Pleasanton Weekly

News - March 7, 2008

Standing tall

Man with paralysis helps others regain their independence

by Janet Pelletier

Dan and Annabelle Dumas are much like any other young couple--they love to vacation, especially in exotic locales such as Maui. But one summer in 2005, an accident would change everything.

As Dan tells it, he was swimming in the ocean when a giant wave crashed against him, forcing his body to topple over, snapping his neck against the ocean floor.

"I don't remember hitting my head," Dumas said. "If I didn't have someone with me, I would have drowned. I didn't have any pain, but I didn't feel anything either."

Friends who were vacationing with the couple helped Dan to shore, where he was rushed by ambulance to the nearest hospital. What had happened was a devastating spinal cord injury that would mean life confined to a wheelchair.

Looking at Dan Dumas now, he's come a long way--longer than most and far exceeding every one of his doctors' expectations. The 34-year-old walks with the aid of crutches and has regained movement in his legs and arms.

He attributes his remarkable recovery, which continues to this day, in-part to exercise-based rehabilitation. More than two years after beginning the therapy, Dumas and his wife are now running a center in Pleasanton to help others who have faced a similarly debilitating injury or other neurological disorders. SCI-FIT, which stands for Spinal Cord Injury Functional Integrated Therapy, located at 1031 Serpentine Lane, is one of the few facilities in the area that offers this type of treatment.

"It's not really recognized by the medical community," he said.

After a three-month stay in the hospital, several surgeries including a spinal fusion and what Annabelle described as three near-death experiences, Dan went to Santa Clara Valley Medical Center for rehabilitation.

"My wife and I refused to accept it," he said of his diagnosis. "We thought there had to be other options."

"We're fighters," Annabelle added.

While Dan acknowledges he's had moments of despair about his future, it was the thought of leaving behind a life of activities such as traveling, waterskiing and playing golf that kept him positive about his recovery.

So, the couple's journey took them to Southern California to find special programs that would help him gain more movement in his limbs. They sold their Danville home and temporarily left their chain of laundromats and other business affairs to his father-in-law while he enrolled in intensive treatment programs in San Diego.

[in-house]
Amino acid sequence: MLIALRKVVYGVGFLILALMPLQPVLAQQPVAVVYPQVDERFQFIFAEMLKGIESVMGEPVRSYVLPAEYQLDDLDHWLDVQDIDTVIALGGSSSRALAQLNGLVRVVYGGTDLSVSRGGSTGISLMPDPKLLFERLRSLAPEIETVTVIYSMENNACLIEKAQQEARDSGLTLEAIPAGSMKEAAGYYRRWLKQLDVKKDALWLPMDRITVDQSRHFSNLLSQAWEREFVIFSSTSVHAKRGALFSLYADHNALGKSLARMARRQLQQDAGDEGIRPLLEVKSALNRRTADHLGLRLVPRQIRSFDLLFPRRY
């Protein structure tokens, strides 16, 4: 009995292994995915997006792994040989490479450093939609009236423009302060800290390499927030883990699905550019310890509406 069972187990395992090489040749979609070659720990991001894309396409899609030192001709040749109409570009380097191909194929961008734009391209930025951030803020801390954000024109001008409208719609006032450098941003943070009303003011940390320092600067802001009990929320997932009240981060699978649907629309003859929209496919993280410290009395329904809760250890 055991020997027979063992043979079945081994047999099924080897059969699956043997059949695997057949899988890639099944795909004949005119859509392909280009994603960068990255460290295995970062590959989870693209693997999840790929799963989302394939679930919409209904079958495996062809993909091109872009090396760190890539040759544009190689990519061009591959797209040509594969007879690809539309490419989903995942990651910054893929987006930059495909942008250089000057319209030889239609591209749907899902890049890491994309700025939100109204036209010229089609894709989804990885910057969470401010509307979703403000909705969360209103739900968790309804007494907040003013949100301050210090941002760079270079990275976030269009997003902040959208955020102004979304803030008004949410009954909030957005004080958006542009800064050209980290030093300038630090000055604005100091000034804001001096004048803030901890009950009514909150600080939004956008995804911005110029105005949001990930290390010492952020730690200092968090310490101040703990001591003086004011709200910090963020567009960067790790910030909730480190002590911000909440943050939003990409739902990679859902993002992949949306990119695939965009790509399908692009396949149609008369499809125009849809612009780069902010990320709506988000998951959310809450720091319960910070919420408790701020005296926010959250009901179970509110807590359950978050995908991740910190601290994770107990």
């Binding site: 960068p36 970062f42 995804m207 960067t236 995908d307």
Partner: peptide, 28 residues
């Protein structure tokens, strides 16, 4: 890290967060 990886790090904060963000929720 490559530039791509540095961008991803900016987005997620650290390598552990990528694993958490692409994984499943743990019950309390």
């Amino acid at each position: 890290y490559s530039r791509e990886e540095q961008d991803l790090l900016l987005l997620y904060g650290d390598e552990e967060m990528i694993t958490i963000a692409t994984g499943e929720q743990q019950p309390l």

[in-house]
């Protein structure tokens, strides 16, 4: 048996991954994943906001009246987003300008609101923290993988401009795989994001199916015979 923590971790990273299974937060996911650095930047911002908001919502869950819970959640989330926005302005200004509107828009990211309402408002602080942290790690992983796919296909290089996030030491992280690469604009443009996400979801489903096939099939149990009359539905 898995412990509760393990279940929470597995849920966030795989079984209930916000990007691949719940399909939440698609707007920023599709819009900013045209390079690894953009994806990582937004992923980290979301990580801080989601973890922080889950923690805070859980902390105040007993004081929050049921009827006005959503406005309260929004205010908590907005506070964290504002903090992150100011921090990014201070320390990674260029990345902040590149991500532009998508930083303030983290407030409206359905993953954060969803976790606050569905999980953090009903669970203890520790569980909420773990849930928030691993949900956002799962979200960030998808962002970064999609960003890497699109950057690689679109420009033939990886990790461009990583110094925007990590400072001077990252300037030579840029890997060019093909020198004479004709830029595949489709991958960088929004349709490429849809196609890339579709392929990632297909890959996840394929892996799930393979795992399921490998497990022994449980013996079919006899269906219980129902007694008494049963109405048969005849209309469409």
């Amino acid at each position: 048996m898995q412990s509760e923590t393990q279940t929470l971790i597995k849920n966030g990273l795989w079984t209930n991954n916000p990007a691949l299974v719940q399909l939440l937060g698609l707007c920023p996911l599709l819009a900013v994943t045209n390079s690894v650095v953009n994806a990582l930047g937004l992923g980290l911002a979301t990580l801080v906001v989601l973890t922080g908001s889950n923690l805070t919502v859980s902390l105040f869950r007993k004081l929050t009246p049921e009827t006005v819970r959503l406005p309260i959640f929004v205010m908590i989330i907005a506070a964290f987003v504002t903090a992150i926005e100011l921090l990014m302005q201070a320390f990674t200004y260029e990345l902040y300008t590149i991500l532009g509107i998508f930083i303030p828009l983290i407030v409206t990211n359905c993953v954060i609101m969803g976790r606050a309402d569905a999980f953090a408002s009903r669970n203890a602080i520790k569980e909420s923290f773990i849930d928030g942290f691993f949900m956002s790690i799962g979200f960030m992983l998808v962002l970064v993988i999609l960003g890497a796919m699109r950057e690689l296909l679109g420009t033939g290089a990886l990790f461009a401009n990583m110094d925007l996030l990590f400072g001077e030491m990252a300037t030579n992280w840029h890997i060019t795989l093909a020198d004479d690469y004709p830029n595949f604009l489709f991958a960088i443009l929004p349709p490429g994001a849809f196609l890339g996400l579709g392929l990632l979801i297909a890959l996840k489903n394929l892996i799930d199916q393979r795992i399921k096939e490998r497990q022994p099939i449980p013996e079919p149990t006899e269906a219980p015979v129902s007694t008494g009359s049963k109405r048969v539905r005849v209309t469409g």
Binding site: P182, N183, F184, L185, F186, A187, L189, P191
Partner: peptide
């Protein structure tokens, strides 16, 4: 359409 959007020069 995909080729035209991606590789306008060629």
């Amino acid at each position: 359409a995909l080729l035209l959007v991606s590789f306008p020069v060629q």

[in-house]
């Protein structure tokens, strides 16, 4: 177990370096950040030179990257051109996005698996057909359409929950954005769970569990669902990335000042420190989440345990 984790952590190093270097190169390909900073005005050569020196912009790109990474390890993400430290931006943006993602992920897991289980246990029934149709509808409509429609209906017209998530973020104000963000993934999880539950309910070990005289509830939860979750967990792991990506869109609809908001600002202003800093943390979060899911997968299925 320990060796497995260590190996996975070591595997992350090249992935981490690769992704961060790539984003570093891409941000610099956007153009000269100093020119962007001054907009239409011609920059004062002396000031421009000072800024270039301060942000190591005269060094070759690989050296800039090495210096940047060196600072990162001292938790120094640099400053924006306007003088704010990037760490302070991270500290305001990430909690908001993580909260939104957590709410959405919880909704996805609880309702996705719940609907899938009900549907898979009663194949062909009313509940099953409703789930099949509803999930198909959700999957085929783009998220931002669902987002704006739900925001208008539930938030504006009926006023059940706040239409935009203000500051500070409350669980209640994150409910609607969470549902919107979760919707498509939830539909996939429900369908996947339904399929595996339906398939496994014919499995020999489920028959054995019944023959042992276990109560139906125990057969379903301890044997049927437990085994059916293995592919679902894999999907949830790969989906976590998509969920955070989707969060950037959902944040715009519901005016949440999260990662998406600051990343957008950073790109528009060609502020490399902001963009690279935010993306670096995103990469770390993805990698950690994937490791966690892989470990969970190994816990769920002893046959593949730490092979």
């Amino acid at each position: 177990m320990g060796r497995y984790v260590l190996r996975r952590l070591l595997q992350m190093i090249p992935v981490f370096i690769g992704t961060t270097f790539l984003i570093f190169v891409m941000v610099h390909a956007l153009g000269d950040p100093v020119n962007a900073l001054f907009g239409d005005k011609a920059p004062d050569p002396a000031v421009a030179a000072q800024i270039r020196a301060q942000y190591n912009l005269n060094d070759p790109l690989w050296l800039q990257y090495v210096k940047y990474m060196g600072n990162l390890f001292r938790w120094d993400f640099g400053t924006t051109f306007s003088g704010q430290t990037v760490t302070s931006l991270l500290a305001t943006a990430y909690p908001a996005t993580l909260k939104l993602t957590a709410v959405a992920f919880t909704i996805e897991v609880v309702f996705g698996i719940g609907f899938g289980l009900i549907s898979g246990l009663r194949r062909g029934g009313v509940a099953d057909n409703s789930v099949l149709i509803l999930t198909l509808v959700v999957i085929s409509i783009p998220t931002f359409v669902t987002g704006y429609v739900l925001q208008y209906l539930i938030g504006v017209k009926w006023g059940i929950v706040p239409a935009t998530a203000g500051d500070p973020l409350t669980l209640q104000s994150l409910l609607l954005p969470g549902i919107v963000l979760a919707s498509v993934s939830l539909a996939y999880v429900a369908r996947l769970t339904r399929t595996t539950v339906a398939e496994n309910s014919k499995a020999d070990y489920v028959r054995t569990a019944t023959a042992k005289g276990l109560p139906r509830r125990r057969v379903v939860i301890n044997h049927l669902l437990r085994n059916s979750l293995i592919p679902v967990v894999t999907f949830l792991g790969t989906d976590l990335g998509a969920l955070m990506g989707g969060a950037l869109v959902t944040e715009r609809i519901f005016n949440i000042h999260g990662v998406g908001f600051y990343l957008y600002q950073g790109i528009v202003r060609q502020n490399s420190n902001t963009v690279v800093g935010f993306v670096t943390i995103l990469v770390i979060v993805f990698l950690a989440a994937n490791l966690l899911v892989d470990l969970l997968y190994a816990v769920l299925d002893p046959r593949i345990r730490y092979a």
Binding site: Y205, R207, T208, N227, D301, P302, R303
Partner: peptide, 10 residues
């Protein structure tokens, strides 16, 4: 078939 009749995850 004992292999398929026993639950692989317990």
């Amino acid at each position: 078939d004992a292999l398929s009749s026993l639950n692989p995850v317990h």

"I exercised five days a week, two hours a day," he said.

For two years, he continued that schedule and despite having first arrived in San Diego unable to feed himself, by the time he left, he was able to stand up and take steps (at six months), and walk at one year.

The Dumases moved back to the Tri-Valley last March with the goal of opening a facility like the ones Dan received training in.

"It was like karma," Annabelle said.

"I wanted to give this gift to others," Dan said. "We're business people. So, we took two trainers from San Diego, brought them up here and started SCI-FIT."

The result is a personal training facility that offers special accommodations for people with disabilities. Inside, the fitness machines are just like ones you'd see at any regular gym, some modified for the disabled. There is also special equipment such as an electro-stimulation bike that pushes the user to utilize their muscles and re-educate neuropathways, increasing muscle mass and blood circulation. From the get-go, SCI-FIT had five clients ready to start training and since, people have come from as far away as Bakersfield, Novato and Sacramento to train. The 16 clients who currently train at SCI-FIT have individualized programs and work out one-on-one up to six hours per week with trainers Bianca Clinch and Jerry Rainey, who were among Dan's team of trainers in San Diego.

The injuries and level of disability range from client to client--everything from sports injuries to pool accidents, a cheerleading fall, slipping in the bathroom to a tumor and having to breathe with a tube to paralysis from the tailbone down. Clients also range from 15 years old to 60 years old and while some are only seven months post-injury, others are up to seven years post-injury.

Sean Simonson of the Milpitas Fire Department, credits SCI-FIT for his great strides in recovery.

"I'm grateful to have a program like this nearby," he said. "Exercise-based therapy has created an avenue for me to gain my independence. As a C6-C7 quadriplegic, I am now often confused with the ability level of a paraplegic."

While Dumas is realistic in both his and others' recoveries, he said he is seeing positive improvement.

"My recovery was not typical," Dan said. "Only 3 percent ever walk again."

But, that doesn't take away the fact that clients are seeing improvements to their quality of life, he said. By providing SCI-FIT, the mission was to offer a program for people in the Bay Area that wouldn't require them having to relocate like he did for recovery. Annabelle added that they don't turn any clients away if they have trouble affording the program's expense.

Eventually, the couple plans to move to a larger facility once they can save enough money. Donations from the public on behalf of clients are welcomed.

For more information on SCI-FIT, visit www.sci-fit.org.

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